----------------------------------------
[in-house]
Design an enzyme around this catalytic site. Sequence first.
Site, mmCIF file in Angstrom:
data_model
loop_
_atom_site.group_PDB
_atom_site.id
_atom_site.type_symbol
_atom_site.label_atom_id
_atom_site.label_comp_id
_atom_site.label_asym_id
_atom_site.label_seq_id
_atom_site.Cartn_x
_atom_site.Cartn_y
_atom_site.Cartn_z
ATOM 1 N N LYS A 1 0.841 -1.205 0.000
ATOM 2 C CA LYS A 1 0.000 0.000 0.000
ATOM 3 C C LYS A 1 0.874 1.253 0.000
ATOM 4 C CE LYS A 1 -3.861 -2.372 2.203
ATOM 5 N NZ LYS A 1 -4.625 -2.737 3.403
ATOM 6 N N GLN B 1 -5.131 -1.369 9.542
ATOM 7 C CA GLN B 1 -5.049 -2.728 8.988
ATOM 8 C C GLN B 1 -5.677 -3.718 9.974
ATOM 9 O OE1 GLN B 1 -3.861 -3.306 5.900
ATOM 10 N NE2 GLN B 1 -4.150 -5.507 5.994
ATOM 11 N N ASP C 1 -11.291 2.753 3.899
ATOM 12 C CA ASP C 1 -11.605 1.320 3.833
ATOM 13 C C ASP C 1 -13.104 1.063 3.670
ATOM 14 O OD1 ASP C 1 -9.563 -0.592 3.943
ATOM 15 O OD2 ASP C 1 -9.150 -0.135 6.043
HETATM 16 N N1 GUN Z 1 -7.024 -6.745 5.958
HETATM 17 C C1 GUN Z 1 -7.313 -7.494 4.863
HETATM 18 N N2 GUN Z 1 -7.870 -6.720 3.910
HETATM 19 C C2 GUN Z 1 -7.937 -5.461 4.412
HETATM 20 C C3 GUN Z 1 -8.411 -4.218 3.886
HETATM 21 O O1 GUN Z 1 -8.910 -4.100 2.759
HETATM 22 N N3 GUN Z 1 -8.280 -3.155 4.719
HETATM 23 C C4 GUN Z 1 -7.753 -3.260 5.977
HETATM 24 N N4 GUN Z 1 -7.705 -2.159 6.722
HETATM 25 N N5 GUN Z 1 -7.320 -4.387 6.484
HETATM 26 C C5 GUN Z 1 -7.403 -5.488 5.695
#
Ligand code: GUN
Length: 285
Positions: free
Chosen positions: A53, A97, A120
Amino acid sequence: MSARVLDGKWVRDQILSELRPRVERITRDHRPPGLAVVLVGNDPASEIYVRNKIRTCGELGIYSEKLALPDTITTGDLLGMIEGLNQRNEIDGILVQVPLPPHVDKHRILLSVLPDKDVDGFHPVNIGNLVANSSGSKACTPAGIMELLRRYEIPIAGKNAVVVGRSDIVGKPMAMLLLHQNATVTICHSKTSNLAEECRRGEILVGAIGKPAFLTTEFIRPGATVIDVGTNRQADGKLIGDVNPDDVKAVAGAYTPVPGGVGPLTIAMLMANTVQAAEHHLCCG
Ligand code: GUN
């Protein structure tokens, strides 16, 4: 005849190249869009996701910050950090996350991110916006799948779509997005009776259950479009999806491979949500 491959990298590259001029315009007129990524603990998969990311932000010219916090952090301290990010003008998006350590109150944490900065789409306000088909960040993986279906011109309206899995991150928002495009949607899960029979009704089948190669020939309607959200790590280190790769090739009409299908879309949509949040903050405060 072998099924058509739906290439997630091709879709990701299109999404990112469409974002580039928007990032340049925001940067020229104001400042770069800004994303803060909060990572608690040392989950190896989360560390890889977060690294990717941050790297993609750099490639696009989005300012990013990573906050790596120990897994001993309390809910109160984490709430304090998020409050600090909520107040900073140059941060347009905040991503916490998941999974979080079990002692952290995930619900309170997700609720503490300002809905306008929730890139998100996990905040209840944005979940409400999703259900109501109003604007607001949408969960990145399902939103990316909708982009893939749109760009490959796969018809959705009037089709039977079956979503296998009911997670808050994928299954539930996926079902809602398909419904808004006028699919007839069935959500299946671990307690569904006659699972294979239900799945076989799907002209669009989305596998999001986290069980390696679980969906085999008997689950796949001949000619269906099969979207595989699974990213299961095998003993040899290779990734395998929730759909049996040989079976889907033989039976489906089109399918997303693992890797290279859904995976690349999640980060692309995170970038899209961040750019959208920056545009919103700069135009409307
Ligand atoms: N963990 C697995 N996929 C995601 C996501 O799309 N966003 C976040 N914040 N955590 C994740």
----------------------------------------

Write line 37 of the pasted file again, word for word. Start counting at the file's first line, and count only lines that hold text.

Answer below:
HETATM 22 N N3 GUN Z 1 -8.280 -3.155 4.719